China-Pakistan Superhighway worth $46 Billion Gets Go Ahead

Editorial Team
Editorial Team
China-Pakistan Superhighway worth $46 Billion Gets Go Ahead

China and Pakistan have launched a plan worth $46 billion to link their economies by forging “Silk Road” land and sea ties to allow for better reach to the Middle East and Europe. With growth in key industry areas such as energy and infrastructure becoming vital to future development and international relations, the two countries’ economic ambitions will serve to meet growing demand for trade. 

China’s President Xi Jinping signed the agreement for a China-Pakistan Economic Corridor (CPEC) on the 20th April, which includes a network of roads, railways and pipelines between the long-term allies in the next 15 years. They will span 1,865 miles from Gwadar, Pakistan, to China’s western Xinjiang region, giving China direct access to the Indian Ocean and beyond. The $46 billion figure is around 20 percent of Pakistan’s own GDP, and is more than the GDP of 106 countries worldwide. 

“The aim of the project is simple: to create a trade route, or ‘superhighway’, from the western Chinese city of Kashgar to the southern Pakistani port of Gwadar,” says news platform Desiblitz. 

Pakistan and China have held close diplomatic military and economic ties for decades. Under the CPEC development, the Chinese government and banks will lend to Chinese companies to allow them to invest in projects as commercial ventures. Moreover the new routes will provide China with cheaper market access to the Middle East by providing an alternative trade route, rather than using its current ports on the eastern and southern coasts; these areas are vital for the country’s oil imports.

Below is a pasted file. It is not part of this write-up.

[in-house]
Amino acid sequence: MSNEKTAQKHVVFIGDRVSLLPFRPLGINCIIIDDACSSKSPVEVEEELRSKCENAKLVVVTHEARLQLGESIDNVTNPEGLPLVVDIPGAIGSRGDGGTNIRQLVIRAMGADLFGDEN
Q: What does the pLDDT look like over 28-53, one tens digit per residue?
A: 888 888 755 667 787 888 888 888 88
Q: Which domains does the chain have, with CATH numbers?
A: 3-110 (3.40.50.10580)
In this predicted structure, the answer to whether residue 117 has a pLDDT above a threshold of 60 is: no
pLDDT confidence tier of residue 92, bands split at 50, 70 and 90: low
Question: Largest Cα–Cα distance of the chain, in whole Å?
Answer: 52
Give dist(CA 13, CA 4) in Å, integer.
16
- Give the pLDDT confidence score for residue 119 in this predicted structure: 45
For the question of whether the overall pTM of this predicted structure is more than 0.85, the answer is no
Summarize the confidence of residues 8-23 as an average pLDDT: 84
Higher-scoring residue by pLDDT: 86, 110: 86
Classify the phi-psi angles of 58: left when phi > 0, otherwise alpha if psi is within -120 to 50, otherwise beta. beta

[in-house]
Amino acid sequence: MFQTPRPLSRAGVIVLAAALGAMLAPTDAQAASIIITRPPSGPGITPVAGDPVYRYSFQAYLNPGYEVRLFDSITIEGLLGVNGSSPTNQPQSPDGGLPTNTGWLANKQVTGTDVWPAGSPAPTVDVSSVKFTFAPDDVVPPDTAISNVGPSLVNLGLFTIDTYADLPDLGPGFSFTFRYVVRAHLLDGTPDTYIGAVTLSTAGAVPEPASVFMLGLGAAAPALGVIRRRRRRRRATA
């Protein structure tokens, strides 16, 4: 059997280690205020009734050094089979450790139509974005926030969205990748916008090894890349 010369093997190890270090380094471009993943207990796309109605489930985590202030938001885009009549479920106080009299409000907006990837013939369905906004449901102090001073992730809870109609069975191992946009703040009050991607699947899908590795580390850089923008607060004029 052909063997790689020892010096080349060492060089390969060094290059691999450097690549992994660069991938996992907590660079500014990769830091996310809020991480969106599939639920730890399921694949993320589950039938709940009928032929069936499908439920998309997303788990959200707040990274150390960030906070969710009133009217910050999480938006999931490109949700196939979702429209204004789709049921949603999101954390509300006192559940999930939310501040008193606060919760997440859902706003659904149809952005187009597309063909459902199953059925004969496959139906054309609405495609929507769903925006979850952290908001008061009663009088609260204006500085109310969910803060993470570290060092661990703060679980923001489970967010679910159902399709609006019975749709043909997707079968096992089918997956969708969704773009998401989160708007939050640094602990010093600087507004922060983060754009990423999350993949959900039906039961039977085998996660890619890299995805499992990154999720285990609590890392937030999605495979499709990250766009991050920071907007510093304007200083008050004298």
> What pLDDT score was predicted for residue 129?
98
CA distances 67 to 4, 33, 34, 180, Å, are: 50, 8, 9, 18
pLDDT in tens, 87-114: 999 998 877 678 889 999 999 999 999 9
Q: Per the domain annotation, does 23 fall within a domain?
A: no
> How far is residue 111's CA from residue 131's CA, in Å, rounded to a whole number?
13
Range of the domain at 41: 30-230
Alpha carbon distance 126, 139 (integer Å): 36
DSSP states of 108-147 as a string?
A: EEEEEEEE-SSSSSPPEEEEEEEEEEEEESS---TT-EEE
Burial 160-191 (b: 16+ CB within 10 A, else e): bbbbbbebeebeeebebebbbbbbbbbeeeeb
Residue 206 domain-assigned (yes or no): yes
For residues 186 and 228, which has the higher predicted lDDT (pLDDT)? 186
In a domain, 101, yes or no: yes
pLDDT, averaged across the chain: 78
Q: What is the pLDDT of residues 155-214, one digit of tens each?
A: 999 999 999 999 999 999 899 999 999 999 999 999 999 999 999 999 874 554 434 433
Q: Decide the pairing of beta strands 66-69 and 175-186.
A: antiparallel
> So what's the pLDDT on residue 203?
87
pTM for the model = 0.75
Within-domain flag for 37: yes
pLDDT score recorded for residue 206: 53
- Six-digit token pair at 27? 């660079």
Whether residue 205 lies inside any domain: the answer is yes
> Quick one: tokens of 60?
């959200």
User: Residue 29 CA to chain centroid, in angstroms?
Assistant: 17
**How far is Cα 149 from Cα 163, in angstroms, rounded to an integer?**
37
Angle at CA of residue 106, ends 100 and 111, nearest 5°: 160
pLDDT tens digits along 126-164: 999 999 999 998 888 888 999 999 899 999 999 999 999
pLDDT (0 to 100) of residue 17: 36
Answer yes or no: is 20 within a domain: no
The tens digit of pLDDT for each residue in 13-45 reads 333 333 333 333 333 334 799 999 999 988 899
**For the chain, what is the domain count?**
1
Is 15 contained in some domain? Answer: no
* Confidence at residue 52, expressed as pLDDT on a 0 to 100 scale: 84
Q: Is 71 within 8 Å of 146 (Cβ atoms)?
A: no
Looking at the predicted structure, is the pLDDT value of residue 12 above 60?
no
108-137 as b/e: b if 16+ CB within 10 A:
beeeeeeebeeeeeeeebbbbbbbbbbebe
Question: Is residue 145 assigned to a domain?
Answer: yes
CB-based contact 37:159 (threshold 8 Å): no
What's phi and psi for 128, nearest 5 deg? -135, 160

“The Chinese are stepping in, in a much, much bigger way than the United States ever contemplated,” said Jahangir Tareen, a Pakistani businessman, and the secretary general of the Pakistan Tehreek-e-Insaf party. 

“The assistance is far, far more than the United States government offered under the United States Agency for International Development.” 

This is an exciting and fruitful time for Pakistan. Pakistan’s bureaucracy, political leadership and national unity will also be tested every step of the way as these projects would represent the largest investment seen in Pakistani history by the Chinese. 

Pakistani Minister, Ahsan Iqbal explained the plans are “very substantial and tangible projects which will have a significant transformative effect on Pakistan’s economy.” 

In addition to this massive infrastructure project, a $44 million fibre cable between the two countries is also due to be built. All signs point towards some serious improvements and further strengthening of ties between the two countries.

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The Editorial team at APAC Outlook Magazine is a team of professional in-house editors led by Jack Salter, Head of Editorial at Outlook Publishing.